Tuesday, 31 July 2007

How many angels can dance on the head of a pin and other stories.

A friend sent me this query today, names have been deleted to protect the innocent!
Dear Andrew, Here is an obscure but pressing subject for one PCC and one artist: is it legitimate to depict the haloes of angels with a cross in them? ****** **** has designed and made some glass panels with etched engravings for a ******** church. But now several members of the PCc are upset because apparently only Our Lord may be depicted with a cross in his halo. I see from Ferguson's "Signs and Symbols' that the cruciform nimbus , because it refers to redemption through the Cross may only be used for Christ. But are there variations, or evidence of departure from this?Apparently all ****** has done is put a sort of Greek cross on these haloes. Any ideas? Yours, *****
I came up with this answer....
Dear *****,
The answer, as you probably realise, is no, they should not be depicted with a cross set into the Halo. This is only to be used for images of the risen and ascended Lord.
But why? It harks back to the 10 commandments, in particular..“Thou shalt not make thee any graven image, or any likeness of any thing that is in heaven above, or that is in the earth beneath, or that is in the waters beneath the earth: Thou shalt not bow down thyself unto them, nor serve them” (Deuteronomy 5:8-9, )
We also, for the purposes of this exercise, have to subscribe to the belief that we are part of one holy, Catholic and apostolic Church, and we 'hold no doctrine of our own, save that of the one holy Catholic and apostolic Church' (Abp. Geoffrey Fisher) as the Anglican Communion makes no pronouncement on this save that we should follow the example of the older Churches, i.e. the Orthodox and Roman branches of the Faith.
According to the “Catechism of the Catholic Church,” the purpose of venerating “sacred images” is to venerate the people represented by them (Jesus, Mary, saints, and angels), not the image itself.
So having “sacred images” in Catholic churches, to be venerated by the people, is not just a holdover from popular piety of the past. It is required by modern Canon Law and promoted by the modern “Catechism of the Catholic Church”, but only for the purposes of intercession.
However, images which are not of the risen and ascended Jesus, and this includes a corpus on a crucifix, are representations which we vererate simply and only because they show how God's saving Grace can be wrought through humanity. Even Mary, who we venerate as the Gate of Heaven because she was the channel through which came life to the world is only that, a channel of Grace. Even Jesus as man, the third person of the Trinity was ALL grace in that way. He was truly God and truly Man. So in venerating, or in making available images which could be used for public veneration (and if they were blessed in a dedication service, then they are precisely that) we have to be careful who is depicted doing what.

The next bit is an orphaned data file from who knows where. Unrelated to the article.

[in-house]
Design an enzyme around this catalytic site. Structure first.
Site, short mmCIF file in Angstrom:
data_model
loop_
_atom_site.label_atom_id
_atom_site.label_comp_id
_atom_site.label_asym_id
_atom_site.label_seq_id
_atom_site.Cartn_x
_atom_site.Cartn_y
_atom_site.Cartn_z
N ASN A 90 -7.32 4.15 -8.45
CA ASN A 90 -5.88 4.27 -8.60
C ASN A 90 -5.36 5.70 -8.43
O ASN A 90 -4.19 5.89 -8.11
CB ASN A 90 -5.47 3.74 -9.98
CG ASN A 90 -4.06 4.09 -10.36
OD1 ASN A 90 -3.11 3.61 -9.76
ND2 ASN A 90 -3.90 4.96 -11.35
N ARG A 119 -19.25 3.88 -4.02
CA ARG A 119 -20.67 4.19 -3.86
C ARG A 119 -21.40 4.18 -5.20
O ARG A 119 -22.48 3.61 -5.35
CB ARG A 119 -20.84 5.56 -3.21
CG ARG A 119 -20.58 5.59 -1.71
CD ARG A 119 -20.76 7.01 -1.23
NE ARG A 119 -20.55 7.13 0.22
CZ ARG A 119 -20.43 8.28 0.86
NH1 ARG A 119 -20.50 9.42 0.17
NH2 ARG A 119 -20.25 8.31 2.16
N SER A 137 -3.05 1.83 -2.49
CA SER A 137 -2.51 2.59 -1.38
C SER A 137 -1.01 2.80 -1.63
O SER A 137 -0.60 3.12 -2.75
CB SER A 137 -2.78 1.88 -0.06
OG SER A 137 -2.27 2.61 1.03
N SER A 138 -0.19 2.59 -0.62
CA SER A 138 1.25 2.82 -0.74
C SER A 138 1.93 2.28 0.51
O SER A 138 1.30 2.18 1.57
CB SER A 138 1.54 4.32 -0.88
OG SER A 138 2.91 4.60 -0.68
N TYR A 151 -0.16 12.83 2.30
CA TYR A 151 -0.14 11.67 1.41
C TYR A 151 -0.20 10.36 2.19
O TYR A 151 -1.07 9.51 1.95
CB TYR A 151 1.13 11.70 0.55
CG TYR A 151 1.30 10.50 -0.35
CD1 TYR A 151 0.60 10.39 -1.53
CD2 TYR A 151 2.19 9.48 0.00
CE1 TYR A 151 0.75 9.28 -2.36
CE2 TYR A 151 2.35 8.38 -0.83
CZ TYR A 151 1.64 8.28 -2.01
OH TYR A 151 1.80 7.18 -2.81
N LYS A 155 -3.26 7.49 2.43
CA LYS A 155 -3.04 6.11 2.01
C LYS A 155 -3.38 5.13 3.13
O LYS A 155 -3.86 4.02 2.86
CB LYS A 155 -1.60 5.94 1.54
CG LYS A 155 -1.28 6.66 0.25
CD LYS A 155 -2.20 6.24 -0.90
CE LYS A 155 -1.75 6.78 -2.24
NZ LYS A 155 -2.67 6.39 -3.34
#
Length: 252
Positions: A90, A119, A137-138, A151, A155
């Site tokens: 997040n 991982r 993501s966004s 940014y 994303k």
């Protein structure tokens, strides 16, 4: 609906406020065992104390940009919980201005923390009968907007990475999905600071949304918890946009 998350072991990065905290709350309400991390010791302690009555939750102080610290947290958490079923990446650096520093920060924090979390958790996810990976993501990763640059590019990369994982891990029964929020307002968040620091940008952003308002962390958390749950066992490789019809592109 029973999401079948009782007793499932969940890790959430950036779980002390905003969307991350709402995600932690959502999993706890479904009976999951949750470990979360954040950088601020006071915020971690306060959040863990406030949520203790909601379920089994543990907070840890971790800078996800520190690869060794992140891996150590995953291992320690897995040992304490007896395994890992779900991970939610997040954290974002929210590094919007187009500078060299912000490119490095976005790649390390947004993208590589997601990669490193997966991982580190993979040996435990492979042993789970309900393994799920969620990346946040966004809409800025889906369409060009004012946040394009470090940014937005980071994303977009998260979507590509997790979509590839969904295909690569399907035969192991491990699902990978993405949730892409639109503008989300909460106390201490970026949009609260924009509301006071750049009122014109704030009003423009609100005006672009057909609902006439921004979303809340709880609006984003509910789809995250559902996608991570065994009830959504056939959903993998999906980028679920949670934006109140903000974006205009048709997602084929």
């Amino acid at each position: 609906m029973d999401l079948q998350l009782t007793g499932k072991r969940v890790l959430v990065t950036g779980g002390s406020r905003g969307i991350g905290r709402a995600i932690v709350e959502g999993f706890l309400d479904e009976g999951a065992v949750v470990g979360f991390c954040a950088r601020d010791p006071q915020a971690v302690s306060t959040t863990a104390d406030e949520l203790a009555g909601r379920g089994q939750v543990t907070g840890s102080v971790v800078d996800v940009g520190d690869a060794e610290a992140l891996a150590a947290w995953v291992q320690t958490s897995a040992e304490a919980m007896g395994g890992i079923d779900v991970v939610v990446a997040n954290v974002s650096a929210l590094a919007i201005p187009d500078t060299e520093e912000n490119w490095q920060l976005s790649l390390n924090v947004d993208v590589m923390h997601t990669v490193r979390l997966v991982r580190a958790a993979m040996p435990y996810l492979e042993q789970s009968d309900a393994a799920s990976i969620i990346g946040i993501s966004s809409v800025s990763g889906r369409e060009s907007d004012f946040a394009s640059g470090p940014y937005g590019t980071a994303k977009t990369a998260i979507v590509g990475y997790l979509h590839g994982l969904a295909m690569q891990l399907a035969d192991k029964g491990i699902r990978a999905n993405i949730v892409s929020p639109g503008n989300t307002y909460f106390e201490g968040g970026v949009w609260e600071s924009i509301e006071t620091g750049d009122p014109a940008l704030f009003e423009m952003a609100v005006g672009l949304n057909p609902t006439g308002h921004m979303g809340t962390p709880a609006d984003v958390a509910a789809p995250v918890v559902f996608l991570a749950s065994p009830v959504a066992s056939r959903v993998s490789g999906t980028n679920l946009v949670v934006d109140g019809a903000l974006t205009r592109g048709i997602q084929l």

Angels and saints share one common characteristic and that is that they are in Heaven, therefore likely to have access to Almighty God in a way which we do not. As the Saints undoubtedly prayed on earth, therefore we believe that that most important practice in their lives has not been forgotton or abandoned as they pass to the fulness of life, into the presence of one to whom communication is possible through prayer. We are and never will be worthy to sit down for tea with the Trinity. Therefore it is right to pray to, and venerate the saints and angels, as intermediaries in the place of our past, future and true nature, which is Heaven (or purgatory or, indeed, Hell). We muct never genuflect or kneel in front of anything which has no Salvific Grace by it's nature, and that is only the Risen and Ascended Lord. The mark of grace, which we make every time we go to mass or are blessed, is the cross. And the cross was borne by only one Man, for us all and forever. Therefore it is wrong, misleading and theologically unsound to attribute the one mark of salvation to anyone else.
Even to the point that some Catholics venerate statues of Jesus as a baby. But Jesus is not a baby. He grew up nearly 2,000 years ago. It may be alright to have fond thoughts of Jesus as a baby. However, it is not appropriate to worship Him as a baby, or to pray to “baby Jesus.” The baby Jesus did not save us from our sins. Jesus was a grown man when He died for our sins and when He was resurrected from the dead. It is not a baby who is sitting at the right hand of God the Father, interceding for us. On Judgment Day, people will not be judged by a baby. And it is, therefore , a mistake, a common mistake admittedly, to venerate or create an image of the baby Jesus with a cruciform upon His halo. This is reserved for the risen and ascended Christ only, who reassumed His immortal and Trinitarian nature in it's fulness only after fulfilling what His Father had planned for Him --- that is, redeeming the world. Angels and saints or even Our Lady did not redeem the world, therefore, they do not bear the mark of the redeemer.
Hope that helps,
Does anyone have any comments, corrections or ideas? I know I should have better things to occupy my mind, but I found it a rather interesting question.